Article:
Like everything we saw and experienced in Cannon City our lodging and dining experiences were exceptional and most upscale. We stayed at the Sea Sprite on the Estuary in a luxurious room entitled the Tide Pools Alive Studio. This included a gas fireplace, a full kitchen, king size bed, sofa and a wondrous view of Ecola Creek and the estuary it forms as it meets the Pacific Ocean. The view alone was such that our main regret was having so little time to enjoy it. In our room we appeared to be far from everything except the beautiful beach before us but actually Sea Sprite was only a block from downtown Cannon Beach. Sea Sprite is one of four proprieties all with stunning locations. There is a fine website www.seasprite.com or call 503 436-2266. Just south of Cannon Beach is the Arch Cape Inn and Retreat. Think of the grandeur of an English country house or a French chateau here. We breakfasted here one morning and were treated to the talents of Resident Chef Noah Kaufman. We opened with a banana curried soup, then a Dungness crab Quiche and finally spiced rum poached pears with toasted hazelnuts.
Each room here offers a unique decor and ambiance with names like Provence, Gaugnin or Tuscan. Proprietors are Stephen and Cynthia Malkonski. For more information call 503 436-2800, web www.archcapeinn.com.
The moment we stepped inside Wayfarer in Cannon Beach we knew we were in for a special lunch thanks to a tempting and extensive menu. We ordered the Battered Prawns, jumbo Mexican prawns dipped in a beer batter and it was such a huge plate that we shared some of our prawns with our fellow diners. The wine list here is extensive and we loved how each entree on the menu came with a recommended wine as well. We met both G. M. Rachel Conyers as well as Corporate Chef William Leroux and had the opportunity to tell him how impressed we were with his menu and the entrees at our table. Wayfarer Restaurant and Lounge serves breakfast, lunch and dinner at Oceanfront and Gower Streets in Cannon Beach, telephone 503 436-1108, web.wayfaer-restaurant.com.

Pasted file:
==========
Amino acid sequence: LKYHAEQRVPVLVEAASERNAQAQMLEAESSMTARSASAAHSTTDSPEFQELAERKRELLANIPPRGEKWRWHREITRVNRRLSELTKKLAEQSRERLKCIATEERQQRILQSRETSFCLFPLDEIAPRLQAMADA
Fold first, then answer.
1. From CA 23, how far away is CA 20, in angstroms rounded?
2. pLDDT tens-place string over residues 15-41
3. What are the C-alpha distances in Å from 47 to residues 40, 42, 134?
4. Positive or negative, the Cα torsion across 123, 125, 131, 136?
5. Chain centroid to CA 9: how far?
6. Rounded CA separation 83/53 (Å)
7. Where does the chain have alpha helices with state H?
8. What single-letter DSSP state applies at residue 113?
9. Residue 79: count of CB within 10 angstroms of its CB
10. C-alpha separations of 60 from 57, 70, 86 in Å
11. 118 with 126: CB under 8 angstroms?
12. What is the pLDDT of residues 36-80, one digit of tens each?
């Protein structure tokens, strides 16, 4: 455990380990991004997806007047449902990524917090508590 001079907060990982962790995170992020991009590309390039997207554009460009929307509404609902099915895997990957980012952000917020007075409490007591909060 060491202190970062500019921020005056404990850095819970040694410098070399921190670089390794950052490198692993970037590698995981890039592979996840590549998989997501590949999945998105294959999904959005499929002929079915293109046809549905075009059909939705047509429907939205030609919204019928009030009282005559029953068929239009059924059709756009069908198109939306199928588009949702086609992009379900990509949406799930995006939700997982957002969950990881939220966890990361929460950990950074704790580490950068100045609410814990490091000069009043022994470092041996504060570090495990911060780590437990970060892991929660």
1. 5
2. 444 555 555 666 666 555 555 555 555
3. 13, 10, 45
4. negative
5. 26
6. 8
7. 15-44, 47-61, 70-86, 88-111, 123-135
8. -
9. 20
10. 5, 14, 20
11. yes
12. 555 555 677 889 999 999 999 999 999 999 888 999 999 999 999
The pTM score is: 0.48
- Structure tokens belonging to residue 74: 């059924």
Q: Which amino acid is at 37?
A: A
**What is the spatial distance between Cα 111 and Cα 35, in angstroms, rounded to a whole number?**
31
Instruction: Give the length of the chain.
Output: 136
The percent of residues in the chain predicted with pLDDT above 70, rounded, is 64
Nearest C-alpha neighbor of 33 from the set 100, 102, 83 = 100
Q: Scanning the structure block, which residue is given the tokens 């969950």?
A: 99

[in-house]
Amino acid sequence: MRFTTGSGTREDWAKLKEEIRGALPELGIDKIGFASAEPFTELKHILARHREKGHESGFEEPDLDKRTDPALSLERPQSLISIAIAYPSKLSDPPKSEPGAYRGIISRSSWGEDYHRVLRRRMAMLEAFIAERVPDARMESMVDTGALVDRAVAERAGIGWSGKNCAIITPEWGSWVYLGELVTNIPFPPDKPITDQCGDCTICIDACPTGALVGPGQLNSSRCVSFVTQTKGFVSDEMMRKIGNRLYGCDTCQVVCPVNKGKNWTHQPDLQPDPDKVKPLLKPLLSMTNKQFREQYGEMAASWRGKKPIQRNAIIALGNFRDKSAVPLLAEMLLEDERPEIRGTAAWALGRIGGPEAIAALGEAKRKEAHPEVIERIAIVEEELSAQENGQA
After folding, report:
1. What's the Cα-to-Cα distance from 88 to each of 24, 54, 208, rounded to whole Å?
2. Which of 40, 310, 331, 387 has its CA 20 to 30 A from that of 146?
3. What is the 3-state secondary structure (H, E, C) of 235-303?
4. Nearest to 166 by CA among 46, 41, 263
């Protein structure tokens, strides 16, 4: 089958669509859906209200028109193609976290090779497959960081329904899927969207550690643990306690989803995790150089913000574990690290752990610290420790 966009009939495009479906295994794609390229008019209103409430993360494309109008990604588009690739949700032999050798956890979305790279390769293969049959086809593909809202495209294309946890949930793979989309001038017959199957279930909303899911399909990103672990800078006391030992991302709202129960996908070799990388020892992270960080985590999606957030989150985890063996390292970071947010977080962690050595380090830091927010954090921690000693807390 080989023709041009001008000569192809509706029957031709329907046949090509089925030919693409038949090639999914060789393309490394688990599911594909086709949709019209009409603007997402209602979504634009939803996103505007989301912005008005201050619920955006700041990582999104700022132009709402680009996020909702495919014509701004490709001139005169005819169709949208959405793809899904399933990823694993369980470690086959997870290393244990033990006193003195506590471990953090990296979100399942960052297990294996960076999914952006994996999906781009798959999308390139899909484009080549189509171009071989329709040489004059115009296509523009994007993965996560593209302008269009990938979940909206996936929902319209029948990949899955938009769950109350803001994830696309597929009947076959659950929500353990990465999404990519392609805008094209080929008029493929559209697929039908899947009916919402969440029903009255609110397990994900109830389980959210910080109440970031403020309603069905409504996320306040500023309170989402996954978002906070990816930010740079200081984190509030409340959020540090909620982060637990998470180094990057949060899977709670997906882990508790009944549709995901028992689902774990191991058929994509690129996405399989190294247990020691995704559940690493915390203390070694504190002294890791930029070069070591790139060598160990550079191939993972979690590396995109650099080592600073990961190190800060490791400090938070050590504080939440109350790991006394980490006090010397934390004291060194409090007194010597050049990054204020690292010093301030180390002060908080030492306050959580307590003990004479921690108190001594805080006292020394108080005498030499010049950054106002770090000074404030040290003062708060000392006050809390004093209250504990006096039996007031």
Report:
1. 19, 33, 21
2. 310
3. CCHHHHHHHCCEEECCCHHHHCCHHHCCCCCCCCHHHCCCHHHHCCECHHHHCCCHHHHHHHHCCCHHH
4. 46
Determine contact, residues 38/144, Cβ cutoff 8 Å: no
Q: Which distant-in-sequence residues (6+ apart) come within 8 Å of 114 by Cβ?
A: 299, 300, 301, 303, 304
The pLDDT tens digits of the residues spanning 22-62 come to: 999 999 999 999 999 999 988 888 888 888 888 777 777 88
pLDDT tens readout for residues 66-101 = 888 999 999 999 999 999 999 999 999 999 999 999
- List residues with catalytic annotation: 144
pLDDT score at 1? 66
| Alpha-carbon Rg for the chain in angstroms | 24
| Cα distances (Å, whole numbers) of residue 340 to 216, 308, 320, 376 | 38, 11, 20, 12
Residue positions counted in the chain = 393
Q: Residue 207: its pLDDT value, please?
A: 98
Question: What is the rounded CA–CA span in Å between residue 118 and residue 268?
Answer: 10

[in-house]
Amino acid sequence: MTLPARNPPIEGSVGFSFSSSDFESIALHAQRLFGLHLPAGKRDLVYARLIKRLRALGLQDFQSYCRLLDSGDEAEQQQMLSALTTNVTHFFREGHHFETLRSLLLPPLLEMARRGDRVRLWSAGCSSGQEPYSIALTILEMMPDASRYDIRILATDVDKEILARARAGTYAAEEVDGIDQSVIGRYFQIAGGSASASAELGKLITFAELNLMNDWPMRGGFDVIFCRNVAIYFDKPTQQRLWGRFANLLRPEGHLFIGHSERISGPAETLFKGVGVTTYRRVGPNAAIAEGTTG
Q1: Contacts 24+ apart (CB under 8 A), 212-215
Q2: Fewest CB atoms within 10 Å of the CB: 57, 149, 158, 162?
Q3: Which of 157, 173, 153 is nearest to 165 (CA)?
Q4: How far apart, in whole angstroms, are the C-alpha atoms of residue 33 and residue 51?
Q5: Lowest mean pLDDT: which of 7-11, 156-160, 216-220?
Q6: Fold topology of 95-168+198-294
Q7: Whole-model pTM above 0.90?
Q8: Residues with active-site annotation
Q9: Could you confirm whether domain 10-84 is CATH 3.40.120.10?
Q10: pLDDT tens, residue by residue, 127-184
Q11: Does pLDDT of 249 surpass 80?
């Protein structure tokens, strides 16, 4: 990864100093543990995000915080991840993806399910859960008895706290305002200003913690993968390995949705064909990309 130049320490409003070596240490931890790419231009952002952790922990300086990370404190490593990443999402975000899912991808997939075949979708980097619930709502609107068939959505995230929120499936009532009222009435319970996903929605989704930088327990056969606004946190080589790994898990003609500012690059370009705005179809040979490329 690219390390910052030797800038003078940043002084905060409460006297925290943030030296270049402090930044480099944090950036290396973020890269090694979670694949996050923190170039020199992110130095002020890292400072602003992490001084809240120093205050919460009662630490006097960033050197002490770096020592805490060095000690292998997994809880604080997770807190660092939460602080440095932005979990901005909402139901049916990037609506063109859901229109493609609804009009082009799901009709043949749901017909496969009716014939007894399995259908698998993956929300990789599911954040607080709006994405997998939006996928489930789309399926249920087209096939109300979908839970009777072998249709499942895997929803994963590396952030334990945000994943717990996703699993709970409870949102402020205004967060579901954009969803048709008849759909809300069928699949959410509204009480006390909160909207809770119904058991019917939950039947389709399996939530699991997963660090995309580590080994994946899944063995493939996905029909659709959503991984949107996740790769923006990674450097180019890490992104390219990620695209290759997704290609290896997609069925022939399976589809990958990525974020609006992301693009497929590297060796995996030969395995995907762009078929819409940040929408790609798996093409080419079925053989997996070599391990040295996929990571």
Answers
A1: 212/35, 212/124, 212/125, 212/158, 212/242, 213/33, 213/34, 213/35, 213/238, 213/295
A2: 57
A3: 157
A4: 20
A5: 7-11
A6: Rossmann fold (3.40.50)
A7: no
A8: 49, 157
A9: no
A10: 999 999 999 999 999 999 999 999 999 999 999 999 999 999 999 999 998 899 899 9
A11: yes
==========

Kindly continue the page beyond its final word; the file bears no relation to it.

When Bob Neroni and Lenore Emery brought their combined years of culinary skills to Cannon Beach six years ago it added another gem to this upscale community. Called EVOO=Extra Virgin Olive Oil it is a combination of cooking school, wine shop and store for unusual culinary items. We were there for 'The Dinner Show' where Chef Neroni prepares a complete repast as one watches. Our evening the dinner was entitled 'Seasonal Skillets' and included baked crab and ginger salad, stuffed piquillo pepper on black beans, then salt cocoa rubbed pork shoulder with Avocado tomatillo salsa with rice, then warm Camembert and Citrus mint salsa and for dessert toasted fresh coconut cream tarts with grilled pineapple. Each course offers a suggested paring wine that can be purchased by the bottle.
Other events at EVOO include a cooking class entitled "Sous Chef of the day' and classes in Artisan bread making. At our dinner there was a group of 16 happy diners. In summer these dinners take place five nights a week. EVOO is located at 188 S. Hemlock Street, Cannon Beach, Call 503 436-8555, web, www.evoo.biz
For more information on what to see and what to do on a trip to Oregon check with the Oregon Coast Visitors Association located in Newport. Phone 541 -574-2679, on the web at www.visittheoregoncoast.com.